Troops could lose leave when carryover limit drops
KAISERSLAUTERN, Germany — Some servicemembers could lose leave days when a policy that allowed troops to keep up to 75 days of leave ends Oct. 1.
Troops are being urged to check their leave balances and use any use-or-lose leave they have before the end of the fiscal year, when the amount of leave that can be carried forward drops back to 60 days. There’s just one hiccup: The Defense Finance and Accounting Service system that provides troops with biweekly pay and leave statements is misreporting troops’ use-or-lose leave balances.
On March 18, the Army’s personnel division blasted a memo to the force advising soldiers and commanders “that the number of use/lose leave days listed in their leave and earning statement (LES) use/block is incorrect.” That’s because it doesn’t take into account the end of the temporary authorization that allowed members to carry additional leave.
As a result, some servicemembers could have up to 15 days more of use-or-lose leave to use than is reflected on their LESs. Personnel who don’t use their excess leave by the end of the fiscal year will lose it.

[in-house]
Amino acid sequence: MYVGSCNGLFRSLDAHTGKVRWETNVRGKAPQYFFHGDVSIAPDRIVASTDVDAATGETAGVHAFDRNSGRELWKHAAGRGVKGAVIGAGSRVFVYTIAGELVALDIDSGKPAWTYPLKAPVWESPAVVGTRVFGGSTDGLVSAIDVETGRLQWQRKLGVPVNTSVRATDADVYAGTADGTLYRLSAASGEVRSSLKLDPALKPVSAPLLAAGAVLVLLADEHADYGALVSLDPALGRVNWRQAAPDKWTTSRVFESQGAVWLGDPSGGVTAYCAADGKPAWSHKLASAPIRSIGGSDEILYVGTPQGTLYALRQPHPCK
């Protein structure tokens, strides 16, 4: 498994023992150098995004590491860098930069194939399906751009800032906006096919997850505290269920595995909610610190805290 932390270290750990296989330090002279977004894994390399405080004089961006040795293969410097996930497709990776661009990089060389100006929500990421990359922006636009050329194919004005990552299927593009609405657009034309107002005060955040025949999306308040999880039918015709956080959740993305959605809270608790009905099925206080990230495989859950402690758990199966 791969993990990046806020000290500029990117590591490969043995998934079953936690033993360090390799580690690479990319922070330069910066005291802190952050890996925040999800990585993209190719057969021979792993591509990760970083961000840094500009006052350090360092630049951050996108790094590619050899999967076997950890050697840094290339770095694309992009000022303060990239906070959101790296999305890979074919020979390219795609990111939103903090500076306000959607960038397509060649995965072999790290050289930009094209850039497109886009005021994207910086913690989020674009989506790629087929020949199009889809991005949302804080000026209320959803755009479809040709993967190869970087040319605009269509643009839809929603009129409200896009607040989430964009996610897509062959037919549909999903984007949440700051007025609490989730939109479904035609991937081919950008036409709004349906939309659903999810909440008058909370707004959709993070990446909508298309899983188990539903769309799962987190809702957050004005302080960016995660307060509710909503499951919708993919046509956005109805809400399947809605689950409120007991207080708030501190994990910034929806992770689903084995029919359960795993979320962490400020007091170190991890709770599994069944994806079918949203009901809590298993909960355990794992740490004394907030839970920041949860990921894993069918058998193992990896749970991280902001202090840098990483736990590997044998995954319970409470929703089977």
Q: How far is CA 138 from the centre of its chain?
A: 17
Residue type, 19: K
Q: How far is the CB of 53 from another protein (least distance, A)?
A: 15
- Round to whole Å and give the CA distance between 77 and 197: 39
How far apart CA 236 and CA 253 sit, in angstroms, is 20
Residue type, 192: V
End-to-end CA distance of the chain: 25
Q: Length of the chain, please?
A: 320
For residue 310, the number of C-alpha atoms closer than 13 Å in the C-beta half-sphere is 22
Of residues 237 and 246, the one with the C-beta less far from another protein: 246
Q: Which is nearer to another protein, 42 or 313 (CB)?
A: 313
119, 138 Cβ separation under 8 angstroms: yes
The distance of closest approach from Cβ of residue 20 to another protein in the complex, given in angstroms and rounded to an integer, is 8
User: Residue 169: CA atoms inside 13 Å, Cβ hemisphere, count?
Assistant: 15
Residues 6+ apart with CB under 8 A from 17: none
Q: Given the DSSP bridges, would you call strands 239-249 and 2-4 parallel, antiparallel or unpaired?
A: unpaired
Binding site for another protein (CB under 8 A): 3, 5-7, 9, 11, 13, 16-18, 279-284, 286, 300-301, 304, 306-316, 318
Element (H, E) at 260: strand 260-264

DFAS is working to fix the disparity and “anticipates to have the glitch fixed by end of month June,” said Lt. Col. Brian Ketz, deputy director of the Army’s 266th Financial Management Support Center in Kaiserslautern.
Personnel have been able to carry over up to 75 days of annual leave since 2008, when Congress authorized a temporary increase. Lawmakers extended the policy in 2013 but didn’t renew it again.
The change doesn’t affect leave earned during lengthy deployments. Personnel serving in areas subject to hostile fire or imminent danger pay for at least 120 continuous days will still qualify for “special leave accrual,” or SLA, which can allow servicemembers to carry over up to 120 days of leave from one fiscal year to the next. SLA leave has a use-by date noted on members’ leave and earning statements.
But on Oct. 1, any leave in excess of 60 days not coded SLA will be lost, according to the Army’s memo.
The memo tells commanders to monitor soldiers’ leave balances and encourage them to use their excess leave so they don’t lose it.